New Study Sheds Light on Why Some People Gain Weight Easier Than Others
"We have far less control over our weight than we might wish to think.”
Recently, a study found that while our implicit biases against people on the basis of race and sexual orientation are decreasing, our subconscious prejudice against people based on their body weight might actually be increasing. According to the thesis of the study, people may recognize race and sexual orientation as something we're born with, but we still view body weight as something that people have control over—and are therefore more likely to be judgmental about.
Now, major new research from the University of Cambridge has provided evidence that we're not as in control of our weight as we like to think we are.
Professor of Metabolism and Medicine Sadaf Farooqi and her colleagues asked 2,000 participants whose BMIs qualified as "thin" to submit saliva samples in order to analyze their DNA, and asked them questions regarding their lifestyle habits and general health. Her team then collaborated with Dr. Inês Barroso and his colleagues at the Wellcome Trust Sanger Institute to compare the DNA of 14,000 people who had BMIs ranging from "thin" to "obese."
The results of the study—which is believed to be the largest of its kind to date—showed that our genes determine not only our body weight but also our ability to lose and gain weight in the same way that they do our hair and eye colors.
"As anticipated, we found that obese people had a higher genetic risk score than normal weight people, which contributes to their risk of being overweight. The genetic dice are loaded against them," Barroso said.
This new research may enable scientists to help those who did not win the genetic lottery in the battle of the bulge.
"We already know that people can be thin for different reasons," Farooqi said. "Some people are just not that interested in food whereas others can eat what they like, but never put on weight. If we can find the genes that prevent them from putting on weight, we may be able to target those genes to find new weight-loss strategies and help people who do not have this advantage."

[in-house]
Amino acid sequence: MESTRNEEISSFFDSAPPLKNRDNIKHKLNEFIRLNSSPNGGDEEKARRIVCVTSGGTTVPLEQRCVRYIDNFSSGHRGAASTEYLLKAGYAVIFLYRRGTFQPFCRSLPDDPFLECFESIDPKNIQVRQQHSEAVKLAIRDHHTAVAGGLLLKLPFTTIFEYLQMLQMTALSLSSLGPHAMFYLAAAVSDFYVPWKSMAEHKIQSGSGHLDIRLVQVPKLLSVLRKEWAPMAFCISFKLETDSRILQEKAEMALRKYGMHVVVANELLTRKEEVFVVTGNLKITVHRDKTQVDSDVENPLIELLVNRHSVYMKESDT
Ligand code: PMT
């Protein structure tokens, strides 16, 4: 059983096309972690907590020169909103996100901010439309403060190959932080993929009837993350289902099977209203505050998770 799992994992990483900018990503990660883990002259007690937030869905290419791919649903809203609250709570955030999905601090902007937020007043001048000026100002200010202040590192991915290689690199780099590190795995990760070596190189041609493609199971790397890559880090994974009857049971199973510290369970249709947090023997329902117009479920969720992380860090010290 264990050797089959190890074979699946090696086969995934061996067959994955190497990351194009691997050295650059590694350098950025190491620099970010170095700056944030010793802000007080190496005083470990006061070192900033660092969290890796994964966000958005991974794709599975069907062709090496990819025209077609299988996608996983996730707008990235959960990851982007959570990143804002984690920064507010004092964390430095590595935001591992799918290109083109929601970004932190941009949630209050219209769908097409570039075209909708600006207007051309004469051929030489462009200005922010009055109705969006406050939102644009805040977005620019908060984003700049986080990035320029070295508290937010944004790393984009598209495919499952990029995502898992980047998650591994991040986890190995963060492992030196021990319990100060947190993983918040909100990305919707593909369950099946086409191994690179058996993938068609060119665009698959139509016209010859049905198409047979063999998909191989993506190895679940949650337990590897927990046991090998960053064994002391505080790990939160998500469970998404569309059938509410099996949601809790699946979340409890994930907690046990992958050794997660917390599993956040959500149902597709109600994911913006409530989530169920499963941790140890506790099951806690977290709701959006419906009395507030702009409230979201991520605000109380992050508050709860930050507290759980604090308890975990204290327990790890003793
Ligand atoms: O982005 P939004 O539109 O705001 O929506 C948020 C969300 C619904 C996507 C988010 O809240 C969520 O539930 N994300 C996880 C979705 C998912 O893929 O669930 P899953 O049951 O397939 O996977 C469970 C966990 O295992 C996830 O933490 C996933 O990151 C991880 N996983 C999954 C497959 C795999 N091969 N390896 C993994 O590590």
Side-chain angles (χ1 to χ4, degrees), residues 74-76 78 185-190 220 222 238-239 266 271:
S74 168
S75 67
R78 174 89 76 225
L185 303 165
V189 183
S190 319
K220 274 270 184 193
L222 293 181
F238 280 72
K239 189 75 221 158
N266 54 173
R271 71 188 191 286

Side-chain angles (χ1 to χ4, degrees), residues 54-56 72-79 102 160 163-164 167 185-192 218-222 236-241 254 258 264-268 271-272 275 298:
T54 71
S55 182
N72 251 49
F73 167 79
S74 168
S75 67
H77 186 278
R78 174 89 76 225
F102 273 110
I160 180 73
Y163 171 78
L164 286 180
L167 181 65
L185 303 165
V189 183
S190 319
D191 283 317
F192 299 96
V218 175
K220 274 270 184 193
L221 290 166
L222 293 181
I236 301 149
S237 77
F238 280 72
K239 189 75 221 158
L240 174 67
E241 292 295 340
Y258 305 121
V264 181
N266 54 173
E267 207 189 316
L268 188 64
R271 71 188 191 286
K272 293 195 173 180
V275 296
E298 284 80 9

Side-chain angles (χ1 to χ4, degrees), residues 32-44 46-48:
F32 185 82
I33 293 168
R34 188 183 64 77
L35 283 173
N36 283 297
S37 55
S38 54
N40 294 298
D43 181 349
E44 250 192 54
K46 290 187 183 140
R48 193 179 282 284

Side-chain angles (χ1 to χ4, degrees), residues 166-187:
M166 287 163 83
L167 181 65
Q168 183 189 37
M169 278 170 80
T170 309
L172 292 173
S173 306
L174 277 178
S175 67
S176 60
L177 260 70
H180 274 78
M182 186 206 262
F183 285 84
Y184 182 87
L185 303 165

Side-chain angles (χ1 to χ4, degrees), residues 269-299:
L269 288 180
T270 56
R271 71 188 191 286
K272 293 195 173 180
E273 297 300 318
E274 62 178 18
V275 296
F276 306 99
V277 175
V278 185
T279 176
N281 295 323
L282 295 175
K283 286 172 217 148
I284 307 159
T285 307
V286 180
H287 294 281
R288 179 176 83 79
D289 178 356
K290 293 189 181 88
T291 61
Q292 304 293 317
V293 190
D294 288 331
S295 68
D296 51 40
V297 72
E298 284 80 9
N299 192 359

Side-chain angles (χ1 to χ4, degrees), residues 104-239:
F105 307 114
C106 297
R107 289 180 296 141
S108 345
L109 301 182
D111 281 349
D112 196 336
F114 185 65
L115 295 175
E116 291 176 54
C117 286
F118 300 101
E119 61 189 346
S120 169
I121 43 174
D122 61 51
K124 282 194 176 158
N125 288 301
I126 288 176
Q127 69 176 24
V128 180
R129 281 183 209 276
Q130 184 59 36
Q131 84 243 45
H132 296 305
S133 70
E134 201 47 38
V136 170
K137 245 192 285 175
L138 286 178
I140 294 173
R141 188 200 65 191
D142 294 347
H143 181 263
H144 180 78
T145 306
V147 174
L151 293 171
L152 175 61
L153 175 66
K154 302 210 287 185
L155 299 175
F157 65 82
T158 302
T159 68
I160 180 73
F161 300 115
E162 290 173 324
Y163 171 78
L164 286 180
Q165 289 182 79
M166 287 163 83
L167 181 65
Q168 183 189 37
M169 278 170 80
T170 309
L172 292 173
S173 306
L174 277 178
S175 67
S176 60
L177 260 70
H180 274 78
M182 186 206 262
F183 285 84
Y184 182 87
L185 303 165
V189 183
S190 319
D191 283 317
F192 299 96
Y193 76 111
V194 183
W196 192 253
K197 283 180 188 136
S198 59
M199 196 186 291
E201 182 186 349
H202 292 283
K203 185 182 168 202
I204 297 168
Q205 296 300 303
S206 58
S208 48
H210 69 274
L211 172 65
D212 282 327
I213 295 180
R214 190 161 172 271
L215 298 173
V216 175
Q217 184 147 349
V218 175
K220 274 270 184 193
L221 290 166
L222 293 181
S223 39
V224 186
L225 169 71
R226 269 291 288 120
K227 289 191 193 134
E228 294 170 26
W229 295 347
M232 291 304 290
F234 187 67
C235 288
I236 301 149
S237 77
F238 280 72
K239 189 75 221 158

But, for now, our main takeaway from this study is to realize that just because someone is slim doesn't mean they only eat a plant-based diet, and just because someone is heavier-set doesn't mean they sit on their couches eating junk food all day.
"This research shows for the first time that healthy thin people are generally thin because they have a lower burden of genes that increase a person's chances of being overweight and not because they are morally superior, as some people like to suggest," Farooqi said. "It's easy to rush to judgement and criticize people for their weight, but the science shows that things are far more complex. We have far less control over our weight than we might wish to think."
So don't be like those bullies who made fun of an overweight woman trying her best at the gym. And, if you didn't inherit the magical gene that enables you to eat whatever you want without gaining weight, don't despair and think that you should just submit yourself to your fate. It may be harder for you to maintain a healthy BMI than others, but it's worth adopting a healthy diet and regular exercise regime, especially because our body weight has a big impact on our overall health and longevity. For more on how to be healthier, check out the 5 habits that Harvard scientists guarantee will extend your lifespan.
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